Slides

Notes

The notes from this presentation are available in PDF format.

Additional Resources

Book Review: Autopsy of a Deceased Church

autopsyThom Rainer’s Autopsy of a Deceased Church: 12 Ways to Keep Yours Alive (based on this post from his blog) is a short but penetrating look at the symptoms indicating a sick church community.

The book is based on interviews Rainer conducted with representatives from 12 closed churches. Through these interviews he identified various patterns and symptoms of dying churches: lack of evangelization, a failure to budget for mission, no communal prayer, etc.

Rainer’s purpose is not just to depress us, though. As he states in the outset, his hope is that this “autopsy” will help others to identify symptoms of an unhealthy church before it becomes a crisis. To that end he includes reflection questions at the end of each chapter to help church leaders discern the “vital signs” of their communities.

The book ends with suggestions for churches in various stages of decline. Rainer does not mince words. He advocates for drastic changes in drastic circumstances, something many communities will resist. But Rainer is not concerned with comfort; he is concerned with churches communicating the Gospel effectively.

A quick note to Catholic readers: while Rainer is Baptist and some of the examples in the book have a decidedly Protestant bent, the symptoms and suggestions identified by him are just as applicable to Catholic parishes. Any diocesan or parish leader interested in healthy parish communities would do well to read and reflect on Rainer’s work.

Cardinal Wuerl’s NCEA Keynote: A Way of Seeing the World

file0001072832806Two weeks ago I had the opportunity to attend the NCEA conference in Pittsburgh. I had a great time meeting up with Twitter friends old and new, attending great breakout presentations, and giving my own breakout on Catholic schools.

The highlight of the conference was an outstanding keynote address by Donald Cardinal Wuerl, archbishop of Washington, D.C. He spoke on the work of the New Evangelization in light of the first anniversary of the election of Pope Francis and his apostolic exhortation Evangelii Gaudium. Some notes from that keynote:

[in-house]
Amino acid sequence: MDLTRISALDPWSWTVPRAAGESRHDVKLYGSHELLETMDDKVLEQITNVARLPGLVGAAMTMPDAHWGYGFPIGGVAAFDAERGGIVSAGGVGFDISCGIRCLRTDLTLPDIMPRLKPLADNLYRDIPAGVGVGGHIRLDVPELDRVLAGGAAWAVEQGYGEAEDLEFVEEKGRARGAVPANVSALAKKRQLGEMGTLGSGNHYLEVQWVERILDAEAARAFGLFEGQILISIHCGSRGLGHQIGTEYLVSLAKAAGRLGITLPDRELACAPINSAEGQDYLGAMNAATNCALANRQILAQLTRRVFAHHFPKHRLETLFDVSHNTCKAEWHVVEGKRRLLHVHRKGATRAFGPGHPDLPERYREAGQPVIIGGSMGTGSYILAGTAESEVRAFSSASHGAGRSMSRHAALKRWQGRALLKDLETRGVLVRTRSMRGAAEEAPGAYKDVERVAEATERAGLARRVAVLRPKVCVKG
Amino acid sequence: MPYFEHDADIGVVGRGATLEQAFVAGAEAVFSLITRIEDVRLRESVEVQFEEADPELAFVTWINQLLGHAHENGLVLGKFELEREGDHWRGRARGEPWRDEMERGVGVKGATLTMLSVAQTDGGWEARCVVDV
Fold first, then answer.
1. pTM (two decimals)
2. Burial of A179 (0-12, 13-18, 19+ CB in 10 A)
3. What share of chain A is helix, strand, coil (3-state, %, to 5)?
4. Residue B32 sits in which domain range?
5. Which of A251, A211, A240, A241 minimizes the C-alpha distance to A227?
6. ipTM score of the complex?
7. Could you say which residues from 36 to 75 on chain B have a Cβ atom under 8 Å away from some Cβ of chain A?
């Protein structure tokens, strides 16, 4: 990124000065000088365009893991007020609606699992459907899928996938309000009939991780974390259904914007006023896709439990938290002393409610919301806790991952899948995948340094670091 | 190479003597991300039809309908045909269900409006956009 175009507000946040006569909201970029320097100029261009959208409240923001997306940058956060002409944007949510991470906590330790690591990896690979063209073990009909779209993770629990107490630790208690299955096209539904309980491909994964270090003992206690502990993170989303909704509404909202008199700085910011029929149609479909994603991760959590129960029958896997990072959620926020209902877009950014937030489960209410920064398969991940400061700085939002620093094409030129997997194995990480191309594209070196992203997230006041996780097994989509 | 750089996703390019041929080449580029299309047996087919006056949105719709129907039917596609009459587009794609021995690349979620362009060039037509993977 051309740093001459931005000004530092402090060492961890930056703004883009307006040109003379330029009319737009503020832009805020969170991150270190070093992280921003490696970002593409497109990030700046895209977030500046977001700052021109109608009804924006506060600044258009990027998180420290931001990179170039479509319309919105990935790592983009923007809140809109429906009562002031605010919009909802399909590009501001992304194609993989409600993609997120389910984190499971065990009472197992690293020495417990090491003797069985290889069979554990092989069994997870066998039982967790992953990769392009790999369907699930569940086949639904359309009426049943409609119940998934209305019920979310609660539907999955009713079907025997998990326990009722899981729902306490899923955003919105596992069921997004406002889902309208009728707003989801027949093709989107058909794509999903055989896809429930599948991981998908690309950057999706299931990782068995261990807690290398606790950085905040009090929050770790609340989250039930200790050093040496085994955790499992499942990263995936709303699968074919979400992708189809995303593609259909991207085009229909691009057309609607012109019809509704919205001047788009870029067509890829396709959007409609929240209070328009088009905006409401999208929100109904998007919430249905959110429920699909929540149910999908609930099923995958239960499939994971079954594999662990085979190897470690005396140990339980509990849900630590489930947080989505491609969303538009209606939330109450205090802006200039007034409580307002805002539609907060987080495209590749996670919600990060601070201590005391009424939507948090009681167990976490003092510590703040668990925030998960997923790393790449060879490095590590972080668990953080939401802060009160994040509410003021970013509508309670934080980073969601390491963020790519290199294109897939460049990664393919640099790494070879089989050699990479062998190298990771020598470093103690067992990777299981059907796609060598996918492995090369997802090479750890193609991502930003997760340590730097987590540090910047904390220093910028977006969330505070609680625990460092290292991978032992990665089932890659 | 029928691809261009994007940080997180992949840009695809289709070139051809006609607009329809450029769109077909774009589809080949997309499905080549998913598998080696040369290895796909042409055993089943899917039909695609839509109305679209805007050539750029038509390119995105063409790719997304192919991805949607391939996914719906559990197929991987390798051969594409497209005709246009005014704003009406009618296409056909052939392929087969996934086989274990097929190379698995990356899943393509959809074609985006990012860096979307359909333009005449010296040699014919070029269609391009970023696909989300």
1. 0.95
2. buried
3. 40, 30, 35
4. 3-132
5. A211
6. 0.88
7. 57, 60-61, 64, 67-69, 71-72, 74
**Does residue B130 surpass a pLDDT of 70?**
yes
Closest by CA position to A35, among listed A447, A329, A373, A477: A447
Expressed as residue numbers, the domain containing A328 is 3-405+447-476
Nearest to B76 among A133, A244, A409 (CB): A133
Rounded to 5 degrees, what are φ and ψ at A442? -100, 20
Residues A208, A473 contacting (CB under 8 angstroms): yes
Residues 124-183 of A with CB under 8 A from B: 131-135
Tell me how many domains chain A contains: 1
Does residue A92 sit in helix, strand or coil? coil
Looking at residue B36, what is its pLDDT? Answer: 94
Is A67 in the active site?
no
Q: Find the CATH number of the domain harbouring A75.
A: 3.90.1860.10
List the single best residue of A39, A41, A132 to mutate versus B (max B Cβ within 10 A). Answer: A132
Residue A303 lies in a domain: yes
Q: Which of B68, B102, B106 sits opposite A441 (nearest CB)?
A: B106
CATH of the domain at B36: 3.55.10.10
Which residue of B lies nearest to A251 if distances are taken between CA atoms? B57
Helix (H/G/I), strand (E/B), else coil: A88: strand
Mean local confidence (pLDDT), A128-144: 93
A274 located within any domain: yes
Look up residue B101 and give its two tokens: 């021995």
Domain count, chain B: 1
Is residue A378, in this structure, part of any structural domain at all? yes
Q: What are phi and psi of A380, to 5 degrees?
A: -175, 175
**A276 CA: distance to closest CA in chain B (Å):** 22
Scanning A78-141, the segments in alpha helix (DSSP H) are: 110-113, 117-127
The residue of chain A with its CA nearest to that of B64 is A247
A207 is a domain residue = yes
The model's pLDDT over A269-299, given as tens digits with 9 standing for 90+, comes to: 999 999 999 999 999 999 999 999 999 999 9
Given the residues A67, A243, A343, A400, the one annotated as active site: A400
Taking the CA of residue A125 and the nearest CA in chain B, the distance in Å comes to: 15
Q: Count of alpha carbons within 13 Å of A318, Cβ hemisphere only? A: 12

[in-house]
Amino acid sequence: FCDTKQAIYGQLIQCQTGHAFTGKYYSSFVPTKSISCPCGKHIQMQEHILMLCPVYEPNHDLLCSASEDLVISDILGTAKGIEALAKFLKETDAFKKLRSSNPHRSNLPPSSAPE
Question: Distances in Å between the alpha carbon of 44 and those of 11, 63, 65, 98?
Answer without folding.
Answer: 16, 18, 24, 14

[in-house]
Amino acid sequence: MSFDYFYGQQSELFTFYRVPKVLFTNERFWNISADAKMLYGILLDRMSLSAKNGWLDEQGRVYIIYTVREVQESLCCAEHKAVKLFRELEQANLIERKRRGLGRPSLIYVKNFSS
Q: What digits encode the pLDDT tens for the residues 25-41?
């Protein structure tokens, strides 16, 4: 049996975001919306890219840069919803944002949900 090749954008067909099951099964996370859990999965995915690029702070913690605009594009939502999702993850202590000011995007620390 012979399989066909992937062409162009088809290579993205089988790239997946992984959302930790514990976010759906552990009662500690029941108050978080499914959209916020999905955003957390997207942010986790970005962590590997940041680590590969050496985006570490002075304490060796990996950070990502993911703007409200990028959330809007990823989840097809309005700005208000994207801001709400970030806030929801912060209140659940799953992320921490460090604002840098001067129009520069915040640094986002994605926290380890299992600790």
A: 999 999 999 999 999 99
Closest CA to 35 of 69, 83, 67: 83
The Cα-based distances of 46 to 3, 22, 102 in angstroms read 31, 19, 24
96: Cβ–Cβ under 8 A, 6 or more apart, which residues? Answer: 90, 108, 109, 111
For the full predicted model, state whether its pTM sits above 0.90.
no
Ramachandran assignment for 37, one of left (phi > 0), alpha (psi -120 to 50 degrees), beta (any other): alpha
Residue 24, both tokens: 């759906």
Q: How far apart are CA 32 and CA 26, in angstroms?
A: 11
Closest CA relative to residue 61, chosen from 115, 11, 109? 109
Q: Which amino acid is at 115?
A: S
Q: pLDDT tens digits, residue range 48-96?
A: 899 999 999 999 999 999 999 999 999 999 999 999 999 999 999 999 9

• The New Evangelization consists of the Church going out into the world to share the beauty of the Gospel.
  • The New Evangelization is not a program, but a way of seeing the world.
  • We must recognize the challenges of a secular, materialistic, individualistic culture to the faith. Secularism has swept Western culture like a tsunami, sweeping away family, church, faith.
  • We must be committed to and confident in the truth of the Gospel, then share it with others.
  • Engaging in the the corporal and spiritual Works of Mercy is an indispensable part of the New Evangelization.
  • Where do we meet Jesus today? With the only remaining living witness of his life, death, and resurrection: the Church. It is within the witness of the Church that we can be confident in the truth of the Gospel.
  • New evangelists must be bold; connected to the Church; have a sense of urgency; and radiate joy. People must see and hear our joy; this way they may be inspired to follow us to Christ.

My only quibble with what was otherwise an outstanding address is that the cardinal spoke about the importance of both the parish and the school as contexts for passing on the Catholic faith — but failed to mention the family, which seems to me to be the most important context for evangelization and catechesis. This is understandable considering the audience; still, it would have been good to hear the family tied into the parish and the school.

Cardinal Wuerl has been a tireless promoter of the New Evangelization in this country. I highly recommend his book New Evangelization: Passing on the Catholic Faith Today for more of his insights and thoughts.